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“It Has to Be about What You Stand For, and Who You Are”

Posted by Erin Brown in authors books marketing publishing social media on December 23, 2010

Jane Friedman (of the blog There Are No Rules) had a much-tweeted-about post last week titled “When (or Why) Social Media Fails to Sell Books.” Ironically, I clicked the link in the same spirit as the naysayers Friedman so often contends with—those who are hungry for some confirmation that this Facebook/Twitter stuff is just an unfortunate fad (like the infernal skinny jeans: surely this will pass in another season or two). But, of course, Friedman is not heralding the coming end of social media. Rather, she is pointing out the flawed logic in expecting social media to justify itself with direct sales figures or in rejecting social media after you tweet out a few links to reviews of your book . . . and the big sales bump doesn’t come.

Friedman’s not the first person to remind us that self-promotion—or “building a platform”—in the digital age is a nuanced and long-term project, a leap-of-faith investment, whose dividends are hard to quantify. But she hits the nail on the head nonetheless. Be creative, she is is saying. Participate. Bring something of immediate value to the table, and (this is critical) be willing to give it away.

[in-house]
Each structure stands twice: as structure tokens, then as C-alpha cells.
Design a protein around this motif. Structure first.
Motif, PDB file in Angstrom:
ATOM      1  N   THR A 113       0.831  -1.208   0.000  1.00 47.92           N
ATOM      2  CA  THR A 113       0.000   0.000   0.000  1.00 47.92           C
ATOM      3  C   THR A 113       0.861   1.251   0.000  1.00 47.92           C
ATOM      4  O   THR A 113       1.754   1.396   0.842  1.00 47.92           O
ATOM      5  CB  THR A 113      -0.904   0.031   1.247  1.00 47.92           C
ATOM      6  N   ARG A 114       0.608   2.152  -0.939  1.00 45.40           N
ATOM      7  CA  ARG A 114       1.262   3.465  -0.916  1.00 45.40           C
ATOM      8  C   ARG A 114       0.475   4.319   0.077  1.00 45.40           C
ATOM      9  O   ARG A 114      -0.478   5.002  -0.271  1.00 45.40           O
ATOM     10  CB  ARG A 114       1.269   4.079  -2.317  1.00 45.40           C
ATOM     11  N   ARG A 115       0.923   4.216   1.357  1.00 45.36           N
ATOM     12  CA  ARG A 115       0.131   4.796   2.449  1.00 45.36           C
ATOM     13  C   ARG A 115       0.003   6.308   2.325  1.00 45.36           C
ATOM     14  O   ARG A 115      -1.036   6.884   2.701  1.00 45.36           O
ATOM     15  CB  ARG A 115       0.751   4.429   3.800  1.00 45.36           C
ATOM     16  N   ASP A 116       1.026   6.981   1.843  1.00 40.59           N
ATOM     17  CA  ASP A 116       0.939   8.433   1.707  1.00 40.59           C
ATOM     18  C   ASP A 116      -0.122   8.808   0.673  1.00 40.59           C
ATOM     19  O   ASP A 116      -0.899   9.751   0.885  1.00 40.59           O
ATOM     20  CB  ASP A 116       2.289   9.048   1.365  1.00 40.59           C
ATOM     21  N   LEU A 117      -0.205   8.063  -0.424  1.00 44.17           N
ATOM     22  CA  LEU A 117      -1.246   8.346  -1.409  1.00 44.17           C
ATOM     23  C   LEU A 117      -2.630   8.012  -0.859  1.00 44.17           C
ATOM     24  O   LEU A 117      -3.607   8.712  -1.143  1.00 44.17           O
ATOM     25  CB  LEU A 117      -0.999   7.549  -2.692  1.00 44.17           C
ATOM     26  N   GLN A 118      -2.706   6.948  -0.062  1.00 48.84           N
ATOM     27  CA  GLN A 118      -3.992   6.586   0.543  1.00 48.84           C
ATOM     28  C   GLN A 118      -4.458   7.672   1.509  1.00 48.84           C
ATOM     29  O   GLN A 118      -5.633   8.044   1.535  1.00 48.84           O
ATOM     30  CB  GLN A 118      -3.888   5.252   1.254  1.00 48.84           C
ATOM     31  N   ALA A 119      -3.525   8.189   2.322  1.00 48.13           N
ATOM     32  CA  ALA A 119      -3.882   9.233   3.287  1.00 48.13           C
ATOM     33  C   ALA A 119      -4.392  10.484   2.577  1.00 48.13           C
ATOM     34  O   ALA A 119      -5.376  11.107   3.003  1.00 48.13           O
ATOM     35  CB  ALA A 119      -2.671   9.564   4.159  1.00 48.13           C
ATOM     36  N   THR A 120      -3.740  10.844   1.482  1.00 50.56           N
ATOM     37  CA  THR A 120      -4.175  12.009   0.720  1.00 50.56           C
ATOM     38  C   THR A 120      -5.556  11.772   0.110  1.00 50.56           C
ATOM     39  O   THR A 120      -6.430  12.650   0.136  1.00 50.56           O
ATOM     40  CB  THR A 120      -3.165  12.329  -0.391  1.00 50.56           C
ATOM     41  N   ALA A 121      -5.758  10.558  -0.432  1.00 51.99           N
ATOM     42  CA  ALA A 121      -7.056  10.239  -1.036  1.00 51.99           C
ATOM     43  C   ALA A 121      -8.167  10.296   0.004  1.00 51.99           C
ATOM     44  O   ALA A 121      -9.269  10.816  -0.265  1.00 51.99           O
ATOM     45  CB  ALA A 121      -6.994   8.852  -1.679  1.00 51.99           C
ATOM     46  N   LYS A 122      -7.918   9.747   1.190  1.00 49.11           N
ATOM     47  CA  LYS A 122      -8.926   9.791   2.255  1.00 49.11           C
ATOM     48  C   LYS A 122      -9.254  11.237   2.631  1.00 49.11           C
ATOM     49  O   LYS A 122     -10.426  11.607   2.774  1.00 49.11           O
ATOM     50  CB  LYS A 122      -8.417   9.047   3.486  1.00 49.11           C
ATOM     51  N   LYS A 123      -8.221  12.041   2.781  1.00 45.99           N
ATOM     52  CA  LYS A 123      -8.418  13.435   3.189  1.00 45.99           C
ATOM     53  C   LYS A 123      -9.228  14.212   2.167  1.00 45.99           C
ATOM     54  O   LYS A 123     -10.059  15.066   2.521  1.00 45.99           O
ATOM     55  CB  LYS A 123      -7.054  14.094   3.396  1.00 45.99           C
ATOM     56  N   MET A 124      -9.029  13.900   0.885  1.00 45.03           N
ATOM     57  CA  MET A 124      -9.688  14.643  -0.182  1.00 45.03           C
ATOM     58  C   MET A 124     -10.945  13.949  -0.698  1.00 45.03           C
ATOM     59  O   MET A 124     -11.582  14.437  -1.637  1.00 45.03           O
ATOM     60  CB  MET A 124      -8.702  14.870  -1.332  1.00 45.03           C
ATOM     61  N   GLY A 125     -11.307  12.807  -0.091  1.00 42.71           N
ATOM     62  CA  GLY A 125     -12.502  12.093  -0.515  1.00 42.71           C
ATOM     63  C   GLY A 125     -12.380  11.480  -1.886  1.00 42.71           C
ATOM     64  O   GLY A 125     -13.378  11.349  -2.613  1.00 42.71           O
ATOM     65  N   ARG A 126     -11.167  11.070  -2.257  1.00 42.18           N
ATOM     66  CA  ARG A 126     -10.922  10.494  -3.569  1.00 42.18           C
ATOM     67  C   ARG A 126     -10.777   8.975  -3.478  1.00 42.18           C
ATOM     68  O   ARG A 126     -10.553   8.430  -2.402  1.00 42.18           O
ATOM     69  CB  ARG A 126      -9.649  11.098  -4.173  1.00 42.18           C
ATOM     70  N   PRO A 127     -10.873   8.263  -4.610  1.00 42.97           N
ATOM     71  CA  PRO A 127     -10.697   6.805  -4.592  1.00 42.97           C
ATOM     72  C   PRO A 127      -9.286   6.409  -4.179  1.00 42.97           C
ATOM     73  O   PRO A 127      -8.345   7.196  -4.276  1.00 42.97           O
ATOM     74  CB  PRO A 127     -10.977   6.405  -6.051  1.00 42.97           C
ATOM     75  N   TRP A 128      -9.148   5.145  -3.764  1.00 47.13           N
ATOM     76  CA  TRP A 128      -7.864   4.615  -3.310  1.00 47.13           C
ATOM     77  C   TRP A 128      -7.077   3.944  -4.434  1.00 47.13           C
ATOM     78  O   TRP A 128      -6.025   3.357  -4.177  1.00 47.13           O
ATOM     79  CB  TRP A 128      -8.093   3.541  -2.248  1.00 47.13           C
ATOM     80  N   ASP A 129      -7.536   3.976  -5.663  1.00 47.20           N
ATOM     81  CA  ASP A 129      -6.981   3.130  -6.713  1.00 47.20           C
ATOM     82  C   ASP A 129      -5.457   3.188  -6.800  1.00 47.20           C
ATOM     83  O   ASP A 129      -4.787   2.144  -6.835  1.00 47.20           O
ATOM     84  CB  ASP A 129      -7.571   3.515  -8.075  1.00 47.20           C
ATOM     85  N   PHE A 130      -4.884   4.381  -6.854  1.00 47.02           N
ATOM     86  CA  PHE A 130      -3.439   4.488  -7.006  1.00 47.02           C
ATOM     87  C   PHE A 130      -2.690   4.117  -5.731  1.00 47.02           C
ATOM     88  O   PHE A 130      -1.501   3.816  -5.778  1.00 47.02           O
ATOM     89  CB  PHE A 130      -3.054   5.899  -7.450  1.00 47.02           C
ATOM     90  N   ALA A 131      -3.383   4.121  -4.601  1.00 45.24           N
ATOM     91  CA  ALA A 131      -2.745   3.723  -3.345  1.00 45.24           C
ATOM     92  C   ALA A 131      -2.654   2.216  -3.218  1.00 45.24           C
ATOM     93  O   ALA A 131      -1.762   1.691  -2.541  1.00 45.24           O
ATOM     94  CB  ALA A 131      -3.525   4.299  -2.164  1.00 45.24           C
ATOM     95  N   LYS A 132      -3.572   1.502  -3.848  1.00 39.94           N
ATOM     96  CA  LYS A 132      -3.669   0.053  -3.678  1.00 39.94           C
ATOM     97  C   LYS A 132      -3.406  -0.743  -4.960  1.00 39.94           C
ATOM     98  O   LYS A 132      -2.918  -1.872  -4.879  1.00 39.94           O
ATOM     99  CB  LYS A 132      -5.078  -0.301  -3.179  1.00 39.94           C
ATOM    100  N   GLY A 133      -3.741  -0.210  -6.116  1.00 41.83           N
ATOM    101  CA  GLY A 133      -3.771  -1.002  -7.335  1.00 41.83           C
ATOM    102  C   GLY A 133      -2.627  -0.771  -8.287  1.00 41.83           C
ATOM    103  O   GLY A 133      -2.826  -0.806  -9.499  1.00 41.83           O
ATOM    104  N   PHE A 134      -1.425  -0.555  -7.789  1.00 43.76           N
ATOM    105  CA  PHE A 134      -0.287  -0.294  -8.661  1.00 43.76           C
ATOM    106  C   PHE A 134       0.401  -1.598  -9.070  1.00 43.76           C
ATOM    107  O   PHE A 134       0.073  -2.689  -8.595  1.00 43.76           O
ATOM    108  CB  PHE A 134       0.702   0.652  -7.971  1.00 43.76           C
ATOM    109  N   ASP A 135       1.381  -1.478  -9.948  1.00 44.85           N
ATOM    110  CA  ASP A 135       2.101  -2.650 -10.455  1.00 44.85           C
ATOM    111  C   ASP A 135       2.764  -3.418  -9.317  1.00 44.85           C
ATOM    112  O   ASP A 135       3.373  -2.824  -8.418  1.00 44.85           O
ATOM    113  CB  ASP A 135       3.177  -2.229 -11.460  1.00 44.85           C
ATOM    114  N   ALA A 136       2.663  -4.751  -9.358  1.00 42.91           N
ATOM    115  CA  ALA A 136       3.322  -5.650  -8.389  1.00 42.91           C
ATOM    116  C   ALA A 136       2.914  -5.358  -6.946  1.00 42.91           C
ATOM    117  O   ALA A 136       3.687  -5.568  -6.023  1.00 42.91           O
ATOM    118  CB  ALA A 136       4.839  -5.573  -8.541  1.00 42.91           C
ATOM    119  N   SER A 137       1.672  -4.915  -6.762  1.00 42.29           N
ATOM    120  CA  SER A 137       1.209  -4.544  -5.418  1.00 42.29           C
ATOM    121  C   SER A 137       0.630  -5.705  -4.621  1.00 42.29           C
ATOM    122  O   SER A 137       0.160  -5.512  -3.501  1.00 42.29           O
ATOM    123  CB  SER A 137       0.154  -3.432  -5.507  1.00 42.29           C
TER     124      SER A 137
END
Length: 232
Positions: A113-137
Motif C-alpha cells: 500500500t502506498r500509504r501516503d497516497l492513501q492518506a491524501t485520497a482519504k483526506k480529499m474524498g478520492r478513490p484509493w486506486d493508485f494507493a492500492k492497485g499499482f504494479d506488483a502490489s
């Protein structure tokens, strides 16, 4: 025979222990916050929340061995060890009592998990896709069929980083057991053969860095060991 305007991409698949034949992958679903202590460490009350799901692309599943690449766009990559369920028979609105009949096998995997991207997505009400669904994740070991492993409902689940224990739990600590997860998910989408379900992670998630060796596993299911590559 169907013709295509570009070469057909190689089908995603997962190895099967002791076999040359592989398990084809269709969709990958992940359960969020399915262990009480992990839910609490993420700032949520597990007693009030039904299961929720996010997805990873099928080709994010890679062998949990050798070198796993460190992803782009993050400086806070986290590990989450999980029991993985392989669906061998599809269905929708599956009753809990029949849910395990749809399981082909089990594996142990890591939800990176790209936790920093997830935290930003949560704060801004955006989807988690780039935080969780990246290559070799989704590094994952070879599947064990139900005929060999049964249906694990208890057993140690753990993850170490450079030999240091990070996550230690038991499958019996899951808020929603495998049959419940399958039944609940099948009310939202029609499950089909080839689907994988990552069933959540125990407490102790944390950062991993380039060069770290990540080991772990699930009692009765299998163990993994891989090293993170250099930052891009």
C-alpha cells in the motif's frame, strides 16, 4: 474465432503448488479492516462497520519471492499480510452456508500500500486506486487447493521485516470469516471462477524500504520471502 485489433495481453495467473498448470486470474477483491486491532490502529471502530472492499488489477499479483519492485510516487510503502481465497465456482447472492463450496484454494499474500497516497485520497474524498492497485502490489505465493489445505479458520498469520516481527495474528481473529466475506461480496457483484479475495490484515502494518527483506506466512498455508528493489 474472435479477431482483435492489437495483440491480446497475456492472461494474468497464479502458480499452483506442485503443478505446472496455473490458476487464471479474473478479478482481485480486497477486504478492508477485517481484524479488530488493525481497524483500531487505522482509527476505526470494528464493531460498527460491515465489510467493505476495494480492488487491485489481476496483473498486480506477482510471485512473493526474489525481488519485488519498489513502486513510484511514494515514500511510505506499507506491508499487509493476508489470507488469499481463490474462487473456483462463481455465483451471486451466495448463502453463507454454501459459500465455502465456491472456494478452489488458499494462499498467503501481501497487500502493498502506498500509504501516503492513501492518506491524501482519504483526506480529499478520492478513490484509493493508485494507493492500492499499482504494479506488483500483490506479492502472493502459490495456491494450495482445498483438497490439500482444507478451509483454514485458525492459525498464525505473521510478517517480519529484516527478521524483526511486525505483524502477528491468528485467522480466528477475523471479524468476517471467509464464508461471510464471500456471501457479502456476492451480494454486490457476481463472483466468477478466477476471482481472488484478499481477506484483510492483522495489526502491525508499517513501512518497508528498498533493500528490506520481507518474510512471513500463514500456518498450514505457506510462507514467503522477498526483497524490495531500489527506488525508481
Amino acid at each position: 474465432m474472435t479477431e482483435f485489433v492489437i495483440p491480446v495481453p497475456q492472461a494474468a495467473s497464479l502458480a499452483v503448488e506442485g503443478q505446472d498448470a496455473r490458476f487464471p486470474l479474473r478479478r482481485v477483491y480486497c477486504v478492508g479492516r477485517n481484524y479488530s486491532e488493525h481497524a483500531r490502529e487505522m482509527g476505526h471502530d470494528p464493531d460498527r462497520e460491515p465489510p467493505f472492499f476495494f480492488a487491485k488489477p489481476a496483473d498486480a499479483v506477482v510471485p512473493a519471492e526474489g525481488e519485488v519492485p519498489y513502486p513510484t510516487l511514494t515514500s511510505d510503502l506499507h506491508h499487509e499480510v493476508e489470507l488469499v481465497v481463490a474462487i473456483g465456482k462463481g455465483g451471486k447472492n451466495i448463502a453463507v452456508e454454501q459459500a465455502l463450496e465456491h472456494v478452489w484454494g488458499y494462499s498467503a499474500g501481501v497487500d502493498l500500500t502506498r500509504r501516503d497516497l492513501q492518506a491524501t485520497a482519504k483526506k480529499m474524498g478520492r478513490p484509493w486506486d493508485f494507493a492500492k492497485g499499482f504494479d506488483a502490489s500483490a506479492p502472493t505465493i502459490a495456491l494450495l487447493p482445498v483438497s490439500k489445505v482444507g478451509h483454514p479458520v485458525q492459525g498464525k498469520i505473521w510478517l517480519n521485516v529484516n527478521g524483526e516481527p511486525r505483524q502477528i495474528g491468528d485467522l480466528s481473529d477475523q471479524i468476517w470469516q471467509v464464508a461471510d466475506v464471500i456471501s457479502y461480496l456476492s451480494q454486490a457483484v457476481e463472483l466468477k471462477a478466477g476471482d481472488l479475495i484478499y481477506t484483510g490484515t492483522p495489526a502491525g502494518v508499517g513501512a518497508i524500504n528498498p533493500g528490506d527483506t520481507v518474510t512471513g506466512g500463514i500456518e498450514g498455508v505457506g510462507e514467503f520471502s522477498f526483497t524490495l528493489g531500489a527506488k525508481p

Most importantly, it has to be about more than selling books—or whatever your goal might be. It has to be about what you stand for, and who you are.

Self-promotion, with integrity. Is that it? Coincidentally, this is the title of a great piece in Publishing Perspectives about Stephen Elliot and the interesting and innovative ways he has generated a following, both as founding editor of the online magazine The Rumpus and as author of The Adderall Diaries. With his house-to-house reading tour, his weekly personal e-mail to 5,000 subscribers, a self-designed iPad app for his book, and other outside-the-box initiatives, Elliot seems to exemplify much of what Friedman is talking about.

But it’s also notable that he is willing and able to live on $25,000 a year (in a co-op with a communal bathroom, no less) and that he disavows any aspiration to become a best-selling author. By his own account, Elliot will be content to know that he has made an impact on a relatively small but devoted readership and that his books will remain in print. The new literary model, the Elliot case study suggests, is not just about improvisational marketing strategies; it’s also about rethinking your definition of success.

      

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